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OPINION: Australia is a key U.S. ally

By Lee Hamilton


Australia may not be the first nation to come to mind when we think about important U.S. allies. It’s on the far side of the globe, an area of the world we often neglect. Its largest city, Sydney, is a 22-hour flight from New York City. Most Americans have never traveled there.

But, in fact, Australia is very important to U.S. foreign policy. It is “a vital ally, partner and friend,” in the words of the State Department, and a bulwark of freedom in the region. With shared democratic values and common interests, we have had diplomatic relations for 83 years.

The relationship was on display recently when Prime Minister Anthony Albanese made a late October state visit to Washington, D.C., the Australian leader’s ninth and highest-profile meeting with President Joe Biden. The two leaders said in a joint statement that they were inaugurating “a new era in U.S.-Australia strategic cooperation” focused on defense, the economy, and climate change.

As is typical with state visits, Albanese and his partner, Jodie Haydon, were treated to pomp and pageantry, including a red-carpet welcome on the White House lawn, a 19-gun salute, a lavish black-tie dinner, a military band performance, and the ceremonial exchange of gifts. But there was substance to the visit as well. Biden and Albanese advanced plans to partner in space exploration, artificial intelligence, applied research, and regional finance. They pledged to work together to reduce greenhouse-gas emissions and strengthen supply chains for critical minerals, which are important for clean energy.

The U.S. and Australia have a great deal in common. We’re both nations shaped by immigrants with language and culture that show the influence of British settlement. We are both large and diverse countries, demographically and geographically. We were allies in World War I and World War II. Australian troops fought with American forces in Korea, Vietnam, Iraq, and Afghanistan.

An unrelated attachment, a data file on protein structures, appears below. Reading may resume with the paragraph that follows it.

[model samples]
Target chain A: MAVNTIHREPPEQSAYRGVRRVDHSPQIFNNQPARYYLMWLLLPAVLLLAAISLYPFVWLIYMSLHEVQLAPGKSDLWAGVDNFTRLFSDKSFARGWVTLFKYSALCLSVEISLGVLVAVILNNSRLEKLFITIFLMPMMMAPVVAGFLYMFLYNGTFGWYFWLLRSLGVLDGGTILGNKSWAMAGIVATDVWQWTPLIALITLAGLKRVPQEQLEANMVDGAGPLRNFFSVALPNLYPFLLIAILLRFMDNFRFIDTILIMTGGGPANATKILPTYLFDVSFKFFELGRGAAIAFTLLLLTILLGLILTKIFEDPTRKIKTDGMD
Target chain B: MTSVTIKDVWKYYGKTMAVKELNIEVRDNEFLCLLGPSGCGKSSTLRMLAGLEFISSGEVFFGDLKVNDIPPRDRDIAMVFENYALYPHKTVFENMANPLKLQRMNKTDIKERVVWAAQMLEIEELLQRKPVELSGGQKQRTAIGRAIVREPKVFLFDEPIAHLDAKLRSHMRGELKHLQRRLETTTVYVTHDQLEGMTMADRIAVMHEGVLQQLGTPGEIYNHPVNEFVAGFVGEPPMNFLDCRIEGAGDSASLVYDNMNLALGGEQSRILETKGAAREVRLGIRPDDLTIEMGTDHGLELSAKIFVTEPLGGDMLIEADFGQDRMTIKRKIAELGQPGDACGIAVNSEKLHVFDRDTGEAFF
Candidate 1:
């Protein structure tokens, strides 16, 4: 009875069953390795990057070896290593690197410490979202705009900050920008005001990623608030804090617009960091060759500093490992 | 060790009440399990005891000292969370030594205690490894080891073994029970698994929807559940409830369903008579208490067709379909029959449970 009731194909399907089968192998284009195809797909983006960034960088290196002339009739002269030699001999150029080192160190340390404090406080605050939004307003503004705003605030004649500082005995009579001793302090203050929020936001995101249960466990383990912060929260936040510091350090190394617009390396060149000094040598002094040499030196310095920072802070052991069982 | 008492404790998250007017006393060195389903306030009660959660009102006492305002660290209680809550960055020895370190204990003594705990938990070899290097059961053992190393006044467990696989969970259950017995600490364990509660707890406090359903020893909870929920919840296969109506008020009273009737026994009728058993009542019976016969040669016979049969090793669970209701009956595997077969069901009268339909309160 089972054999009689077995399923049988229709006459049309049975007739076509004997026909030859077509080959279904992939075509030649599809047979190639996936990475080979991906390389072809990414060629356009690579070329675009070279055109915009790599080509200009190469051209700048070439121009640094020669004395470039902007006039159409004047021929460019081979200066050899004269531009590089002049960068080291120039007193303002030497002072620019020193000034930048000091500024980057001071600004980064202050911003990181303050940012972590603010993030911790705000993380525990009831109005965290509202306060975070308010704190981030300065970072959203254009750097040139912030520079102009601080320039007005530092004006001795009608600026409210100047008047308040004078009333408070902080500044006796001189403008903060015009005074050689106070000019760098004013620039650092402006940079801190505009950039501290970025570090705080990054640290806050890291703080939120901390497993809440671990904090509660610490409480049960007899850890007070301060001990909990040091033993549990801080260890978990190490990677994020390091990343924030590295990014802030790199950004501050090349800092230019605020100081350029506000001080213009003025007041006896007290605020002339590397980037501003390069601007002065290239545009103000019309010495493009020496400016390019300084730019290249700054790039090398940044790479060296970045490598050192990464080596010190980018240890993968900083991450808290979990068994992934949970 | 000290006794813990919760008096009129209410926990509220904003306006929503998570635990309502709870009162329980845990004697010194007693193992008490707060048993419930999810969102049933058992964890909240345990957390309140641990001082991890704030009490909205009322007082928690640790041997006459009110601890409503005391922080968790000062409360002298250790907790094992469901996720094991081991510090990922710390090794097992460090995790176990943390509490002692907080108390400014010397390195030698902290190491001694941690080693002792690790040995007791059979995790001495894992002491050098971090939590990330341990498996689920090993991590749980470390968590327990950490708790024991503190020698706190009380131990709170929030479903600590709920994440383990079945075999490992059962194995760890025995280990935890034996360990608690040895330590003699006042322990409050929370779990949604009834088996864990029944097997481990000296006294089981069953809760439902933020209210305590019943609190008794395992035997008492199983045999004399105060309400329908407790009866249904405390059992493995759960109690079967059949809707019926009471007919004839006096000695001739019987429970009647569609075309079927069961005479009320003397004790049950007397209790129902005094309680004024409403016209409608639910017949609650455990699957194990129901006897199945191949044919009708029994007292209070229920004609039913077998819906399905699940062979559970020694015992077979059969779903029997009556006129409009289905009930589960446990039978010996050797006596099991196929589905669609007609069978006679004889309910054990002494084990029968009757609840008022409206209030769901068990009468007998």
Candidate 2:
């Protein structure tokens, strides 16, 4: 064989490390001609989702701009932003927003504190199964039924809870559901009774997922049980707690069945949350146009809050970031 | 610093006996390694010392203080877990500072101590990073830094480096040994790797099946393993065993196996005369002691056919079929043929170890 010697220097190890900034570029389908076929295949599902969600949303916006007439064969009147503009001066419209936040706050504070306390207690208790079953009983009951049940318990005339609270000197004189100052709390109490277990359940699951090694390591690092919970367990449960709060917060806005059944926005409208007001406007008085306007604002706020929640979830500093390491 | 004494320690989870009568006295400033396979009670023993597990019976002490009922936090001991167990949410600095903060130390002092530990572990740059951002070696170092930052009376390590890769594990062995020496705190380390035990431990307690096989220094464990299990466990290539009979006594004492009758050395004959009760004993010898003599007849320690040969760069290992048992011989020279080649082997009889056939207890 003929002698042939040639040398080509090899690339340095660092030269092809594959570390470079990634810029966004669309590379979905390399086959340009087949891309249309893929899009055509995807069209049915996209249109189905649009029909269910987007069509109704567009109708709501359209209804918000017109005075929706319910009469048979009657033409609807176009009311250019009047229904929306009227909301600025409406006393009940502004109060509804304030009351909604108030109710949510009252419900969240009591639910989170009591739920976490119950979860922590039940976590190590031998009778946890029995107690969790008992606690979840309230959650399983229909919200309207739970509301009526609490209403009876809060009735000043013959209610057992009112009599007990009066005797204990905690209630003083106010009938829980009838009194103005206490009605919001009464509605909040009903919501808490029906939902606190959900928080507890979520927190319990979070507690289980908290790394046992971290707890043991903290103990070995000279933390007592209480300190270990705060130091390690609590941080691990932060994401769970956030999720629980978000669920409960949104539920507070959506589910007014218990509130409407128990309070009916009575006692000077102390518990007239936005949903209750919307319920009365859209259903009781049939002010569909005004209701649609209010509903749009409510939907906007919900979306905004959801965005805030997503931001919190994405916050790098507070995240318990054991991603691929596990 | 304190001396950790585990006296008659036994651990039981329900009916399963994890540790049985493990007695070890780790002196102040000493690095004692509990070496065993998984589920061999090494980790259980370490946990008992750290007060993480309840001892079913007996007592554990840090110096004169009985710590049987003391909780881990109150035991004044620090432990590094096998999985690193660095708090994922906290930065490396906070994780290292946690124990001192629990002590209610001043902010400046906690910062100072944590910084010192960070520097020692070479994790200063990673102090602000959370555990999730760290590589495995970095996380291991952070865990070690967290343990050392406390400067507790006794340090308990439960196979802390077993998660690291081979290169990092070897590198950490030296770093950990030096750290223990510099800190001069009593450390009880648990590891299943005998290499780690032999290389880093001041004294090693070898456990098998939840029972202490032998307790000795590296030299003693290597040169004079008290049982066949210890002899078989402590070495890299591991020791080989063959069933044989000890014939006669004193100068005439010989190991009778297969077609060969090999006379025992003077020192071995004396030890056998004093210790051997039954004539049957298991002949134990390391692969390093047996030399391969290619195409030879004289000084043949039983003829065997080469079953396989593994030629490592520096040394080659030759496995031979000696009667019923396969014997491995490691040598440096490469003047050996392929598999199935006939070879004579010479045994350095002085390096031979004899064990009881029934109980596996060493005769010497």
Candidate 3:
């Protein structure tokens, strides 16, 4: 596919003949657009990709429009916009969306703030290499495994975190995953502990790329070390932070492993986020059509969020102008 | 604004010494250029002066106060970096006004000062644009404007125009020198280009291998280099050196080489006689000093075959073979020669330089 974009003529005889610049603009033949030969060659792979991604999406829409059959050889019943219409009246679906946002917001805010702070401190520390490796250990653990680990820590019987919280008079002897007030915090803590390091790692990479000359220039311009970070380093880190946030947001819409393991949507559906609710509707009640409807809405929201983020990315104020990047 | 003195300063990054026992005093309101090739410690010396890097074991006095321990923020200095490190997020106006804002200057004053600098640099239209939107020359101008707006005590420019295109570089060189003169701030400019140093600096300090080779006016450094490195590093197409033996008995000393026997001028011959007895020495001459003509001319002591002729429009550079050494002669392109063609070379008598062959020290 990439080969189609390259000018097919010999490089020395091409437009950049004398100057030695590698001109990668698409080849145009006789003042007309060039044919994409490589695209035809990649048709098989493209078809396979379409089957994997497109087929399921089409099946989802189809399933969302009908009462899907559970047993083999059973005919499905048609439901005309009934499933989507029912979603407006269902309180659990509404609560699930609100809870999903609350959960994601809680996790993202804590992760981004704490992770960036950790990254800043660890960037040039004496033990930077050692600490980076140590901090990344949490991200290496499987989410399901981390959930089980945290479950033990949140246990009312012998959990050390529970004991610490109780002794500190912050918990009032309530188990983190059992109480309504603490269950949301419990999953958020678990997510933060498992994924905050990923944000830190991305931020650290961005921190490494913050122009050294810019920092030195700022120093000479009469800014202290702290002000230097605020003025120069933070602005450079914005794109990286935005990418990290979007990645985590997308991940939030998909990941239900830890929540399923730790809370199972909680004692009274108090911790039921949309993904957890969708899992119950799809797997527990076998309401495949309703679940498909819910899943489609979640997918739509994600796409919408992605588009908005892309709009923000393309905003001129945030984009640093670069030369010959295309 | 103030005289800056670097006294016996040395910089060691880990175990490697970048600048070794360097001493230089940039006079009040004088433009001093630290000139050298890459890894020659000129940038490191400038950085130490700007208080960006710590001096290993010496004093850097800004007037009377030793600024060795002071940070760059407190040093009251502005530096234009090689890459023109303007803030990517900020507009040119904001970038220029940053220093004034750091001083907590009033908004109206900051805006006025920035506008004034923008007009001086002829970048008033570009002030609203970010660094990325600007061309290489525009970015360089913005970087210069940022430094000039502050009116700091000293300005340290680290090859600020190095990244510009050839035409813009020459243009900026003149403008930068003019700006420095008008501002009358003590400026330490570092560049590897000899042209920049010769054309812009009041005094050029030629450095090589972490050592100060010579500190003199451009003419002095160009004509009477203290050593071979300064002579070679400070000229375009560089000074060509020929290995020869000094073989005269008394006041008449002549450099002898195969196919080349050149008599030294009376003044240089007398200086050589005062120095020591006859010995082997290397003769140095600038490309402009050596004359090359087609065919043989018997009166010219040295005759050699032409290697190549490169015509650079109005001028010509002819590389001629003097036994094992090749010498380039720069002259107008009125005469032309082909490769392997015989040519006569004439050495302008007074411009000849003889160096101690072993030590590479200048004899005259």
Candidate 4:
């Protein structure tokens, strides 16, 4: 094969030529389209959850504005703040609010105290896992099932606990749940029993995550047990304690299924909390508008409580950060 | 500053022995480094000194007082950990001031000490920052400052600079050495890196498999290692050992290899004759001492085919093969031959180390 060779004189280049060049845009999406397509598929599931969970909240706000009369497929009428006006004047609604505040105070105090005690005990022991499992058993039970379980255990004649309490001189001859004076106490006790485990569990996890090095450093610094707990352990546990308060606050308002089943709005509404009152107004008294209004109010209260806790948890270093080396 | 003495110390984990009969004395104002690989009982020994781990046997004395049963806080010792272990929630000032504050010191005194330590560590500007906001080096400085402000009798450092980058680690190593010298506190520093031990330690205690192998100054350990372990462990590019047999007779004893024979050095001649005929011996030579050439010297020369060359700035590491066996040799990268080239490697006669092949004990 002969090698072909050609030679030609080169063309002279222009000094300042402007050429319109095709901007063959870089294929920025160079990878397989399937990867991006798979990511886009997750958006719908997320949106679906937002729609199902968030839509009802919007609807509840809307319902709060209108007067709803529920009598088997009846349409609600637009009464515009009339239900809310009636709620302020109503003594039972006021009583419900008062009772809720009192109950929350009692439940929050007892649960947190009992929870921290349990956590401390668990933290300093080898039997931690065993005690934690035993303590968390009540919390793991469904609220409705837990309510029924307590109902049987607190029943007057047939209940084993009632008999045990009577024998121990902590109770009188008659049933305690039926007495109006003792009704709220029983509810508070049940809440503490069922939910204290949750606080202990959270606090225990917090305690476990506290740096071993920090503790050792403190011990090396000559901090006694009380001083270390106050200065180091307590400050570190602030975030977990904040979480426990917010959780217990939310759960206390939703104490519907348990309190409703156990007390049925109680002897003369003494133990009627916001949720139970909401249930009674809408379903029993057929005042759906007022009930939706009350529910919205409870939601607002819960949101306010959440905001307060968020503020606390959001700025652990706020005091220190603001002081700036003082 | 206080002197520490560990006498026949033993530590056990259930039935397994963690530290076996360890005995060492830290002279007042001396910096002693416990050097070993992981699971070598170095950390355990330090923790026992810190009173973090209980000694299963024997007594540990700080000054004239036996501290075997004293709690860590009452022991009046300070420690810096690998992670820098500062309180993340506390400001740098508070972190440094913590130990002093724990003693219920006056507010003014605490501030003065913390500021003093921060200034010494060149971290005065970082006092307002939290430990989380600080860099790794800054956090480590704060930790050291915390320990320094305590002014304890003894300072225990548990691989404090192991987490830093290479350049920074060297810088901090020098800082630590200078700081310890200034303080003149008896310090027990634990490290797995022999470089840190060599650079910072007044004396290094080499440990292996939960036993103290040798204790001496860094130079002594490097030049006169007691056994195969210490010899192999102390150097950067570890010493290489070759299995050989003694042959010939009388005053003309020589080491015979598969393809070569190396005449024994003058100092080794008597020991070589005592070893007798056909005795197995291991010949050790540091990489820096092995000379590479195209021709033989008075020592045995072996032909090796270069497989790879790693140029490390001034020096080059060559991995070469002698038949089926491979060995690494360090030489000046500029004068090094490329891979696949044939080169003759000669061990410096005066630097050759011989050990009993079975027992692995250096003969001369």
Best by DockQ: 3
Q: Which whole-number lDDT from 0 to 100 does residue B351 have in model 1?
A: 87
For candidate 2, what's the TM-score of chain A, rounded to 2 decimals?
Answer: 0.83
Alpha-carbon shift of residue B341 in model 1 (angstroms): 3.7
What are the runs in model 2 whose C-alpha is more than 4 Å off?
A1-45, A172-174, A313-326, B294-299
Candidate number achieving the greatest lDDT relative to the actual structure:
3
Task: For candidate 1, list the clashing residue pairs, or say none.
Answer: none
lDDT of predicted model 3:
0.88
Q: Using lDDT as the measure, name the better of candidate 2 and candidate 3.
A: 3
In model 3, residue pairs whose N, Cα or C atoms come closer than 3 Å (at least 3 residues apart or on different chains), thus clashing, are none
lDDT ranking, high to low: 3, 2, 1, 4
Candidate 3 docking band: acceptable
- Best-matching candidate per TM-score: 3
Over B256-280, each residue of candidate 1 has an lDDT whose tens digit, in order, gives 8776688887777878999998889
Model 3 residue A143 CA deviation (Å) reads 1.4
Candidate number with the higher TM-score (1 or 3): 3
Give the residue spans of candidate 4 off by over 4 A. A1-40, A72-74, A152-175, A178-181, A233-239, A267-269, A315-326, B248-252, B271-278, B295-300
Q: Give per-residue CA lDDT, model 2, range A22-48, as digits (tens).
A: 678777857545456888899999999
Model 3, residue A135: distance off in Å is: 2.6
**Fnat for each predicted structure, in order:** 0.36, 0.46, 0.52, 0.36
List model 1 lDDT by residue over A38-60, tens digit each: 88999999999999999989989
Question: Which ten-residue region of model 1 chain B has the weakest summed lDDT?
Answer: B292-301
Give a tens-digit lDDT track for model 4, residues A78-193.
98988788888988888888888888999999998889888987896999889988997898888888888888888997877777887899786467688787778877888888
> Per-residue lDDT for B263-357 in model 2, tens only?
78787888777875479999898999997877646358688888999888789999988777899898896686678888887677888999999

We are also important trading partners, with two-way foreign direct investment totaling $261.5 billion, according to the State Department. U.S. trade and investment contribute 7 percent of Australia’s annual economy, and more than 1,000 American companies employ 320,000 Australians.

Arguably the most critical U.S.–Australian partnerships are focused on defense and security. Biden and Albanese didn’t mention China in their prepared remarks, but they didn’t have to. From the American perspective, Australia is a critical deterrent to China’s aggressive efforts to increase its influence in the Asia–Pacific region.

The so-called AUKUS nations — Australia, the United Kingdom, and the United States — are implementing plans to equip the Australian military with nuclear-powered, conventionally armed submarines, and increase defense-related trade. The leaders welcomed Japan’s participation in military exercises with American forces.

The U.S., Australia, India, and Japan make up the Quad, a security dialogue that includes a focus on peaceful space exploration and sustainable energy development.

The Biden-Albanese meeting came amid heightened global tensions. Just over two weeks earlier, Hamas launched a brutal attack on Israel, killing more than 1,400 people and taking hundreds of hostages. Israel responded with airstrikes and sent troops into Gaza. Biden and Albanese strongly condemned Hamas and supported Israel’s right to defend itself while cautioning against civilian casualties and a wider war.

Ukraine, meanwhile, has kept up its resistance to Russia’s brutal invasion and pleaded for more international assistance, and Australia announced it would provide $13 million in military support for Ukraine. In the South China Sea, Chinese vessels reportedly rammed a Philippine coast guard ship, and a Chinese fighter jet nearly collided with an American bomber in a night-time maneuver.

These are sobering reminders that the world is a dangerous place, and there are potential flashpoints on every hand. In such a world, we Americans need friends, and Australia is as solid and reliable an ally as we’re likely to find. The relationship deserves to be celebrated.        

Lee Hamilton, 92, is a senior advisor for the Indiana University (IU) Center on Representative Government, distinguished scholar at the IU Hamilton Lugar School of Global and International Studies, and professor of practice at the IU O’Neill School of Public and Environmental Affairs. Hamilton, a Democrat, was a member of the U.S. House of Representatives for 34 years (1965-1999), representing a district in south-central Indiana. 

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